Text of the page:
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John Farrell on Mike Napoli: ‘I’d hate to think where we’d be without him’

04.23.13 at 1:06 am ET
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In 2011, Mike Napoli hit .320 and slugged .631 with 30 home runs for the Rangers. He said Monday that his swing feels the same way now as it did especially after the All-Star break that year, when he put up a .383/.466/.706 line.

“Last year I really was up and down,” Napoli said Monday. “I didn’t really feel like this last year. [In] 2011, this is how I felt the second half of the year.”

On Monday night, Napoli hit a grand slam and a double, finishing with 5 RBIs, in a 9-6 Red Sox win over the A’s on Monday. After starting slowly in the season’s first few weeks, Napoli is now hitting like the player the Red Sox had hoped to see when they signed him in the offseason. He has four home runs, 25 RBIs and 21 doubles on the year, to go with a 1.001 OPS at Fenway.

Napoli’s past success at Fenway — he entered the season with a 1.107 OPS there — certainly played into the Sox’ pursuit of him in the offseason.

“What he’s done in this ballpark over the course of his career — those things are beacons when you go to select a player, and he’s a very good fit here,” Sox manager John Farrell said.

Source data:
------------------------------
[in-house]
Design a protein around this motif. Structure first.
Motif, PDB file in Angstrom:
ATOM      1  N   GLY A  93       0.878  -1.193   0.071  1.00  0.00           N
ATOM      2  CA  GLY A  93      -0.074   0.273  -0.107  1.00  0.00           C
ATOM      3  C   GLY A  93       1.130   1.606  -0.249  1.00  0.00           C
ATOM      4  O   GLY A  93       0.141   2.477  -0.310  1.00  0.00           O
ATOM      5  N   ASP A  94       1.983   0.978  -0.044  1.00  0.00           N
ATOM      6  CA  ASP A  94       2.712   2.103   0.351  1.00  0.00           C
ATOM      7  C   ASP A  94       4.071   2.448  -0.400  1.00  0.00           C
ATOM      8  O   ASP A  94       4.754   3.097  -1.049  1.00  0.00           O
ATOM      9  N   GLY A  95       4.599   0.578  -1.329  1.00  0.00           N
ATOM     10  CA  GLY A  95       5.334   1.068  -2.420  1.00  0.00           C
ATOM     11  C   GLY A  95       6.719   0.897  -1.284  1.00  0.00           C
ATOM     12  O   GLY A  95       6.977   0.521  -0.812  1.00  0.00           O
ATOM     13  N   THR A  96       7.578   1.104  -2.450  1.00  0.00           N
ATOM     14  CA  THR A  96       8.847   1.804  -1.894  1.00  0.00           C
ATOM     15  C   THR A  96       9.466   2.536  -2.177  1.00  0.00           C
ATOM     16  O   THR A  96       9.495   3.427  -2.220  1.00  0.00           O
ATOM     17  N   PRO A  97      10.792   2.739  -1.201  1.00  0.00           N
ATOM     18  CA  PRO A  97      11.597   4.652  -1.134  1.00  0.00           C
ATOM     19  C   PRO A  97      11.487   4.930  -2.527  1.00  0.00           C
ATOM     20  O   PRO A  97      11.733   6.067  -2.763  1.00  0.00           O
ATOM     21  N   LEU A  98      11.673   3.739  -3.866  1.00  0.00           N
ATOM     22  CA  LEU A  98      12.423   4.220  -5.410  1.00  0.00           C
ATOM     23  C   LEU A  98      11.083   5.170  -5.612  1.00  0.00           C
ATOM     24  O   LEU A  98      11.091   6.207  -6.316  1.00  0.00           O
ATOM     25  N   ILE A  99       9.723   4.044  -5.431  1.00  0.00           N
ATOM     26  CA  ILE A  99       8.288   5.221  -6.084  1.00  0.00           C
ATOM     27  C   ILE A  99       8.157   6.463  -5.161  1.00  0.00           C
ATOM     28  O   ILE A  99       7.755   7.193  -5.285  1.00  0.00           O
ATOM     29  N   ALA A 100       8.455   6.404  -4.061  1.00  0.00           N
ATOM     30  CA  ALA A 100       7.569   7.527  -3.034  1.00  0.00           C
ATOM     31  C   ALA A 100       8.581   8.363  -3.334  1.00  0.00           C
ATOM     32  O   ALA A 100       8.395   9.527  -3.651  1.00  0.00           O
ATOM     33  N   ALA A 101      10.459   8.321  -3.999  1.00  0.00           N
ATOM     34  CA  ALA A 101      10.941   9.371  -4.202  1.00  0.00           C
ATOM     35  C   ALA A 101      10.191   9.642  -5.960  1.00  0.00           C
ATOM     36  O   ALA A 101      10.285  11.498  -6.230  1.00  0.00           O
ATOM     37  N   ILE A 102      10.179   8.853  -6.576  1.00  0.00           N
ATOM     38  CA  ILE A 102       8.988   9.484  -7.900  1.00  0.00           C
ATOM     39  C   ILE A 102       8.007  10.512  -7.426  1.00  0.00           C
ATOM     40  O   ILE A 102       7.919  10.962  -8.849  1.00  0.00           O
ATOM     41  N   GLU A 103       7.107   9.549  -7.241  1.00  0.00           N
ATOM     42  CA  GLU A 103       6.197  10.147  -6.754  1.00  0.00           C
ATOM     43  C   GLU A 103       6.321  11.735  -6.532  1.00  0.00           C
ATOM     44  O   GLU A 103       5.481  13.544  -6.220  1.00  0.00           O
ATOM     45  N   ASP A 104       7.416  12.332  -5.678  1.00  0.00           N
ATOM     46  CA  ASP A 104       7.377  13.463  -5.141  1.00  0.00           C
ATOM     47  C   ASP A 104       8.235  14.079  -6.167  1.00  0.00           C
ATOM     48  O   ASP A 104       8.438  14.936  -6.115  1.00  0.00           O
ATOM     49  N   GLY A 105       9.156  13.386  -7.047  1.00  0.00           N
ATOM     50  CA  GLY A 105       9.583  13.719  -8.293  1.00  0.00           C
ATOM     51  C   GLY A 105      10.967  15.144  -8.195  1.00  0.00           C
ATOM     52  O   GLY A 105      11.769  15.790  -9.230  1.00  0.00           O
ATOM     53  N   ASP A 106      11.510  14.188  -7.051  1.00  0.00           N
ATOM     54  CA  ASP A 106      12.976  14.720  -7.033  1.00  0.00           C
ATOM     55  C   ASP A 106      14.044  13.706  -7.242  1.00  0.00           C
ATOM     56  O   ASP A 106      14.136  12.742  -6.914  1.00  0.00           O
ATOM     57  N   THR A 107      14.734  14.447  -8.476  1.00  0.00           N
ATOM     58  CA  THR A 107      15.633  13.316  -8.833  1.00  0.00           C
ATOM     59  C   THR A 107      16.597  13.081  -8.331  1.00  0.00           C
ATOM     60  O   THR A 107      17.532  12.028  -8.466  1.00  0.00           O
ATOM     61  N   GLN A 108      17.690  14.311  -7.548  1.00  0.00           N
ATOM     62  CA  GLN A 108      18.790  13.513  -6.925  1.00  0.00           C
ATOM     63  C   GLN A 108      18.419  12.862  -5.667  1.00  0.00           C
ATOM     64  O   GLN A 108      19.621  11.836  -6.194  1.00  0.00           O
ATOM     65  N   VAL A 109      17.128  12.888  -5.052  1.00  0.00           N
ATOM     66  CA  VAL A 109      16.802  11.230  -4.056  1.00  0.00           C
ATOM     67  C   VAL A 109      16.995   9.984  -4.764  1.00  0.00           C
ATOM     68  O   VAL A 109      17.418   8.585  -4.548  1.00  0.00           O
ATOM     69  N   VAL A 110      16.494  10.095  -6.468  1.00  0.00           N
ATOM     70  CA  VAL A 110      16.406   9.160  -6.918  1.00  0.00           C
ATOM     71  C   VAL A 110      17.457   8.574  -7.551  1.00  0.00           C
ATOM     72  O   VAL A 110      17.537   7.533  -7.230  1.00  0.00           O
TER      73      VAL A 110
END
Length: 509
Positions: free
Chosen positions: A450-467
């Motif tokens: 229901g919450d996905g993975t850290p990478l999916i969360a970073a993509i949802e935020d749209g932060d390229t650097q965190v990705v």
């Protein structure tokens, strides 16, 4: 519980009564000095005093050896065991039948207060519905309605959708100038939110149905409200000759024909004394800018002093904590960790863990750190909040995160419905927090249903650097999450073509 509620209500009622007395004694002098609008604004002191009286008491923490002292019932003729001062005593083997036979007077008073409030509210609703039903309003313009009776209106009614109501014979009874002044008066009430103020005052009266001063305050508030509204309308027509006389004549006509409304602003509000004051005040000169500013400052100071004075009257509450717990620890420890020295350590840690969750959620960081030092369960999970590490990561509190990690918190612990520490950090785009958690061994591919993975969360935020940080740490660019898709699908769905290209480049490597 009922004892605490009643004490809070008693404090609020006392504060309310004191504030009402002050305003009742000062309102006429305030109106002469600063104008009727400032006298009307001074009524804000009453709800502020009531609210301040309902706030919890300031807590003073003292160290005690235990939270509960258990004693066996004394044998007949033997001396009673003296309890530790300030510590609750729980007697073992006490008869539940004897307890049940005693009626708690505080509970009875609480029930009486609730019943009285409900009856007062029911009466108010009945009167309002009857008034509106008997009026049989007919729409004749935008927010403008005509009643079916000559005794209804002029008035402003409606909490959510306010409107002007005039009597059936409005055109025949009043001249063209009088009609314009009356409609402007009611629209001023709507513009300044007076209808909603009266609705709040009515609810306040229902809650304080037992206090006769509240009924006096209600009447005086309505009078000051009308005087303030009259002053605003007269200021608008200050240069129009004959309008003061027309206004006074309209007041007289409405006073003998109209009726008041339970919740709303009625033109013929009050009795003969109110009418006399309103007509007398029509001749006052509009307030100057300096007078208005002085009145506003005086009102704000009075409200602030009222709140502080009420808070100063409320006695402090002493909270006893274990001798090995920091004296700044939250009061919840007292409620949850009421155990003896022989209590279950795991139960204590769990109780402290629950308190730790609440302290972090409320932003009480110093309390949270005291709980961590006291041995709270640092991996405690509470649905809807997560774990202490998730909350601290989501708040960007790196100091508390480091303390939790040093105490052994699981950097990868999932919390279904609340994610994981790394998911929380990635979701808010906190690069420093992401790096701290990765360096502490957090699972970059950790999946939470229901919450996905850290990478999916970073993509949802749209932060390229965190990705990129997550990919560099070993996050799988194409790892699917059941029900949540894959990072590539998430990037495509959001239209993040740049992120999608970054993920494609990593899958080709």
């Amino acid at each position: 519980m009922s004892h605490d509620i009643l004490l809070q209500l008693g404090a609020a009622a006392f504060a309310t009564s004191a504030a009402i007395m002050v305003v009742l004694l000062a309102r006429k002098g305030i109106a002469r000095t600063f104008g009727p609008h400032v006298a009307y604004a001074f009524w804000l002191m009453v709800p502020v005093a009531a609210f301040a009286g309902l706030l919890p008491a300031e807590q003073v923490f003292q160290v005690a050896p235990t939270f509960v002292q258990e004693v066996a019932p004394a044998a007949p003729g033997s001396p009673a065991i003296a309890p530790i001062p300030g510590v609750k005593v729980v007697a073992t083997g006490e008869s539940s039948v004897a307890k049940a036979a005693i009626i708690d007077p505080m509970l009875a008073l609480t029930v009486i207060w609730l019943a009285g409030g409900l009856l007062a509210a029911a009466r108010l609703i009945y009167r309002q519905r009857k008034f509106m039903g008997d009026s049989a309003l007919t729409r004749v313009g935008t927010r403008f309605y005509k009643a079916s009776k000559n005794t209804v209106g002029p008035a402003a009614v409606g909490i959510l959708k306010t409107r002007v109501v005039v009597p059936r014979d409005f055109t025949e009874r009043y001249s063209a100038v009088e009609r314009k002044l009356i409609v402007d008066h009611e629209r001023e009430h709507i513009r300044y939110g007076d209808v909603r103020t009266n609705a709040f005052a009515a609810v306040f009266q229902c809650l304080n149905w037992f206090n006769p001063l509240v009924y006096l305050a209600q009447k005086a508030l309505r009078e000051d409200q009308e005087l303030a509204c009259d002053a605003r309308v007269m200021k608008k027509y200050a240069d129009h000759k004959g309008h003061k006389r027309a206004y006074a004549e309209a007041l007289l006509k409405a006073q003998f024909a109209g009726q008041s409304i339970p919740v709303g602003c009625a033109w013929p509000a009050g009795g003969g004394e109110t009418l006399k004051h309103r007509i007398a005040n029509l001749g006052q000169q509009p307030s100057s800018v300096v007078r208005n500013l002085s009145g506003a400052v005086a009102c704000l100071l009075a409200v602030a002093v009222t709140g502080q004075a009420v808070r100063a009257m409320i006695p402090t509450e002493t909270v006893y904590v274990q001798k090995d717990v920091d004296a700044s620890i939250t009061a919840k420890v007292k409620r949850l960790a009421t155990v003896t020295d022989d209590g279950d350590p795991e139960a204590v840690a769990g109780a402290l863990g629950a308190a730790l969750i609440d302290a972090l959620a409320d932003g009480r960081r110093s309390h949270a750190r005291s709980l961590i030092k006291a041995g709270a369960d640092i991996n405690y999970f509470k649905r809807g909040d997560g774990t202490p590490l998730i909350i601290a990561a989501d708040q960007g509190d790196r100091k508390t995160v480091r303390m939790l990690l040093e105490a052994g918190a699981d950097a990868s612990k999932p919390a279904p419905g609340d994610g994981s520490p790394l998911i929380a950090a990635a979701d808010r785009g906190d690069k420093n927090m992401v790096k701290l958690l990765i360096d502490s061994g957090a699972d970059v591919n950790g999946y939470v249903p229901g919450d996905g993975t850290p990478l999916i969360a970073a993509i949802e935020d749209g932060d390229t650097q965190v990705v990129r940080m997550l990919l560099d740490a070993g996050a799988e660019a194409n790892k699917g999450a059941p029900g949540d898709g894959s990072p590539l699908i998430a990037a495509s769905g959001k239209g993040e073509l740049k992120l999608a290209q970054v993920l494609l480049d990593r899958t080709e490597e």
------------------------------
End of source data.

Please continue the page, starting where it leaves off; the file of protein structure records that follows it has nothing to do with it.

“I’ve been feeling good on the road too, but I love Fenway,” Napoli said. “You’ve got the wall right there and you can maybe get away with some stuff. You don’t necessarily have to hit it so good. Sometimes you hit a pop fly that would be an out in another park but it goes off the wall, so it’s definitely fun hitting here.”

Napoli drove in seven runs in his first eight games, hitting just .176 with a .200 OBP in that span. Since then, thanks in part to some tweaks in his swing, he’s hitting .356, with 10 extra-base hits and 18 RBIs in 11 games.

“[The] first couple series, I wasn’t feeling too good,” Napoli said. “I was a little long and I was leaking a little bit. So I went into the cage and I practiced staying closed and being short to the ball, so I know it’s working and I’m going to keep doing it.”

Before this year, Napoli was a rival for Jarrod Saltalamacchia, dating back to the days when Napoli was an Angel and Saltalamacchia a Ranger. Having faced the task of guiding pitchers through at-bats against him, Saltalamacchia said he’s glad to be on Napoli’s side now.

“He hits things with one hand and it goes out,” Saltalamacchia said. “It’s nice to have him in our lineup for sure. Napoli’s got a great idea at the plate — there’s pitches that look like they’re going to be balls and he still hits them, so that’s a tough guy to pitch around. I know we tried for years.”

With David Ortiz missing the first 15 games of the season and hitters like Will Middlebrooks slumping over the last few weeks, Napoli’s contributions in the middle of the order have been especially indispensable.

Now that Ortiz has returned, and will likely hit in front of him most of the time, Napoli could have even more chances to add to his skyrocketing RBI totals. He drove his double to right field and his grand slam to center on Monday, with Ortiz on base both times.

“He uses the whole field,” Farrell said. “I don’t know that there’s only one way you can pitch him consistently. And he’s got not only a good approach, but he’s able to pick out certain pitches and look to attack. I’d hate to think where we’d be without him.”

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